Strategic initiative number five, operational excellence. The world is full of volatility, ambiguity and uncertainty, more so now than I and others have ever seen in our lifetimes. It is our commitment to maintain our operational excellence, which will help see us through the storm just as it has in other times of macroeconomic uncertainty. From a financial perspective, we are in an enviable position. We’ve always maintained a strong balance sheet and managed our funds wisely.
That completes the update of the strategic drivers. I’d now pass the call to Steve, who will discuss some operational highlights.
Thanks, Garry, and good afternoon. I hope that you’re all well during these challenging times. The impact of the global health crisis on our operations represents an unprecedented challenge that we’re evaluating and addressing daily. Therefore, today, rather than going through net sales results for the second quarter, I’d like to talk with you about what is happening right now. For details about our second quarter operational results, please refer to the press release we issued earlier today. As you know, the situation is dynamic and changes every day, so I won’t be giving any numbers or any future projections, just a high-level summary of what we know today.
What I can share with you is that in March, despite the enormous disruption experienced in many countries due to COVID-19, revenue levels were in line with what we have historically seen in a typical March. While this is good news, I want to stress that the future remains uncertain. First, a bit about our supply chain. As most of you know, we outsource the manufacturing of our finished products to contract manufacturers all around the world. Many of our contract manufacturers have been trusted partners for so long, they are considered part of the tribe. Therefore, one of our top priorities is to ensure our business partners stay safe and healthy. All our partners are following the recommendations set forth by governing agencies and are taking necessary precautions to ensure the safety of their employees.
Our supply chain is structured such that WD-40 Company products are sourced, manufactured and warehoused as close to our customers and end users as possible. Because we predominantly source and manufacture our products locally, we expect we’ll be able to minimize much of the supply chain risk we will encounter during the current health crisis. However, I want to emphasize that each of our regions is being impacted by their own set of local challenges and an increasingly constrained supply chain environment. In Europe, the region most negatively impacted by — in March by the COVID-19 outbreak, our supply chain was able to produce 95% of our normal aerosol production despite severe limitations on movement. That is a wonderful testament to the resilience of our partners as well as to the hard work of our supply chain tribe. In addition, in EMEA, we had built up some buffer inventory to be used in the event of a hard Brexit. So unforeseen this extra inventory is coming in very useful to help us mitigate the supply chain disruptions we are encountering in EMEA.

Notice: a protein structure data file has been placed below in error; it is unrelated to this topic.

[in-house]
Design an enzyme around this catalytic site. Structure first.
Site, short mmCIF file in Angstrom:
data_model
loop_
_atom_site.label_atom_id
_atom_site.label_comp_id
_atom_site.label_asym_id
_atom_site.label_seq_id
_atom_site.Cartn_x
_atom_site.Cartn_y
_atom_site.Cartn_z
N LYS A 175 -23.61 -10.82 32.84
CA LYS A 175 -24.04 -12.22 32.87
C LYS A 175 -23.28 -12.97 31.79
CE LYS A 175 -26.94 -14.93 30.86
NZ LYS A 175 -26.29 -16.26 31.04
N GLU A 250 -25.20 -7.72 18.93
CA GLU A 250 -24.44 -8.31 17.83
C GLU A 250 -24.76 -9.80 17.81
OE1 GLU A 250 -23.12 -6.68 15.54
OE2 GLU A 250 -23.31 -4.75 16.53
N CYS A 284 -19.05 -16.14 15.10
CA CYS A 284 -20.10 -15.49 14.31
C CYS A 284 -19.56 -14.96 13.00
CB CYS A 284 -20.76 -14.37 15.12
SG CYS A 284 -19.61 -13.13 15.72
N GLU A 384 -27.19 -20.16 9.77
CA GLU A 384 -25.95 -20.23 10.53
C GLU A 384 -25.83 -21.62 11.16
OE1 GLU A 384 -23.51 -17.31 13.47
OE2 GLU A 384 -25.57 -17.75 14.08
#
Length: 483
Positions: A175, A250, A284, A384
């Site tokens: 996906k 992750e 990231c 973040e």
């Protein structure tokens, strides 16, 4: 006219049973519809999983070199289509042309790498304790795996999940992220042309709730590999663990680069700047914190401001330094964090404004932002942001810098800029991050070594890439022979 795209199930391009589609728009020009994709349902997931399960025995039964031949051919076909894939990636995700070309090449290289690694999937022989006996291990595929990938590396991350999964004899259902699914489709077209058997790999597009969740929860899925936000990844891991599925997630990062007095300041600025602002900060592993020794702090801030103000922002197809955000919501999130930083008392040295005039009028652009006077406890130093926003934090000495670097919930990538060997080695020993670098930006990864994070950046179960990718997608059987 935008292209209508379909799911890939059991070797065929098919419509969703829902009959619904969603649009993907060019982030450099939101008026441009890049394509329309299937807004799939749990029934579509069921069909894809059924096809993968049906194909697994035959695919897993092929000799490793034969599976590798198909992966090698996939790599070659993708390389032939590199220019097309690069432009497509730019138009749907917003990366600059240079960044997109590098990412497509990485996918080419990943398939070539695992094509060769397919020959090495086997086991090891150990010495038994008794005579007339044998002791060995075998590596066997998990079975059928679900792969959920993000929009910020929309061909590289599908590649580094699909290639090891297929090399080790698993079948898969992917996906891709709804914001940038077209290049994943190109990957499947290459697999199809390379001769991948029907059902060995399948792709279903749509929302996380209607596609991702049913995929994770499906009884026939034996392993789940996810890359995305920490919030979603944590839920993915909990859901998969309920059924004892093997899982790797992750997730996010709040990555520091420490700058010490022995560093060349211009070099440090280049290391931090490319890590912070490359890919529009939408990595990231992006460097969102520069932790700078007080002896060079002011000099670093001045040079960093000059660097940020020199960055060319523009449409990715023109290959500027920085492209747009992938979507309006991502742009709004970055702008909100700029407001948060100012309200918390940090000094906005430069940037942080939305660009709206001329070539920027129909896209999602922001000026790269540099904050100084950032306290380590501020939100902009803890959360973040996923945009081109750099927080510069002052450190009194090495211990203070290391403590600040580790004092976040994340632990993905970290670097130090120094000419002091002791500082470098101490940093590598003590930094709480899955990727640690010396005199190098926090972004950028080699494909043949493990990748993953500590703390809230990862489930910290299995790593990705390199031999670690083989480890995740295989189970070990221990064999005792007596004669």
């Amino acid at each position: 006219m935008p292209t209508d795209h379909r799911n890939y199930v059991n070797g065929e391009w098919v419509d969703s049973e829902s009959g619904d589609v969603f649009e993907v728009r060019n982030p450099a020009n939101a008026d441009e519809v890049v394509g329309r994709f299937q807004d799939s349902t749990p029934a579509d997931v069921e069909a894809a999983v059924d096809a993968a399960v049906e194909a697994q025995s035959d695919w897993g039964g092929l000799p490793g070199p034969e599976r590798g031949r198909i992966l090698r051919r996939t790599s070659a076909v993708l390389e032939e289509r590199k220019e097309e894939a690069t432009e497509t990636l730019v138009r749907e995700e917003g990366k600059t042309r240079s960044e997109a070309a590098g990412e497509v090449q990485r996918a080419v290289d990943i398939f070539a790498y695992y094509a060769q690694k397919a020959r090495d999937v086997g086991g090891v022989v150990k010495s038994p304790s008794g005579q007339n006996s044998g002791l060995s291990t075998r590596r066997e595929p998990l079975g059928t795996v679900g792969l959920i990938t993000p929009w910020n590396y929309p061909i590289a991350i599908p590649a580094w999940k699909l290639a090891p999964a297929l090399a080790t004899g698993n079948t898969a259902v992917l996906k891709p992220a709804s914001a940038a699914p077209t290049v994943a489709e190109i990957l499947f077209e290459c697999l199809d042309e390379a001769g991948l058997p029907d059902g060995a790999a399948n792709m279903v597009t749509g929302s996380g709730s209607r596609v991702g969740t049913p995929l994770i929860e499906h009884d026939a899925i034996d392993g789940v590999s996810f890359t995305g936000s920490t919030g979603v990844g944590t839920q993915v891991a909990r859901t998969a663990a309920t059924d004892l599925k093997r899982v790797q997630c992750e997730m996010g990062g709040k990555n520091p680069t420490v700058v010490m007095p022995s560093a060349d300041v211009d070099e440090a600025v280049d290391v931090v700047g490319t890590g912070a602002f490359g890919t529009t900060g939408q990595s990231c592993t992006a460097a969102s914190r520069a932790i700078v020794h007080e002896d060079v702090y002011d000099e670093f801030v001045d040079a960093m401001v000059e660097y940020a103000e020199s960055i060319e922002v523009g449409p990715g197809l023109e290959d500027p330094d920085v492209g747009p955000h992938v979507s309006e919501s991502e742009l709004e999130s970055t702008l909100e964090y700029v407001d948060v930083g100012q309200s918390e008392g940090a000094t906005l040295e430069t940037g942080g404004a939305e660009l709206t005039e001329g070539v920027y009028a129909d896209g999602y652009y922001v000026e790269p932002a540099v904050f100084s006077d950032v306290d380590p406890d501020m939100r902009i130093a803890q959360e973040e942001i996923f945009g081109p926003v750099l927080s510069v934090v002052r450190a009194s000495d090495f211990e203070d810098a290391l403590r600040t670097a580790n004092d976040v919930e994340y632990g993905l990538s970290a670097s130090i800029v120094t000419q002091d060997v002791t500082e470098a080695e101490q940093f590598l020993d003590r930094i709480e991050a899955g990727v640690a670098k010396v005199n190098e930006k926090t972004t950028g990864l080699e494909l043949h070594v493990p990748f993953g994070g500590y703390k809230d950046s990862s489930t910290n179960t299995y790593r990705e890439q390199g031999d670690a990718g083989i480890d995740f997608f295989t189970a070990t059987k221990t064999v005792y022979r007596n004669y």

The additional working capital that we invested is timely and will help mitigate some of the risks associated with the current crisis. In the Americas, our aerosol lines continue to be operational, and we are not experiencing any significant impact to our supply chain thus far. This has not been without considerable effort by tribe members who’ve pivoted many times to address issues as they have arisen over the past several weeks. We are closely monitoring our global supply chains, and our supply chain tribe members are working hard around the world to ensure that raw materials are obtained, production lines are functioning, orders are fulfilled and customers and end users are getting the products they need.
Now let’s talk briefly about our tribe. Currently tribe members in 11 locations around the world are under mandatory work-from-home orders. We have 3 locations where tribe members have the option to work from home but are not mandated. Only one WD-40 Company office in the world is open and that is in Shanghai today.
As Garry mentioned earlier, things are starting to return to normal in China. We expect the next several weeks will be challenging for our tribe members all around the world, but the tribe’s experience in China gives us some hope that we will see the other side of this health crisis soon. Our tribe members in China have been a wonderful resource as they’ve been able to share their health crisis learning moments with the rest of us.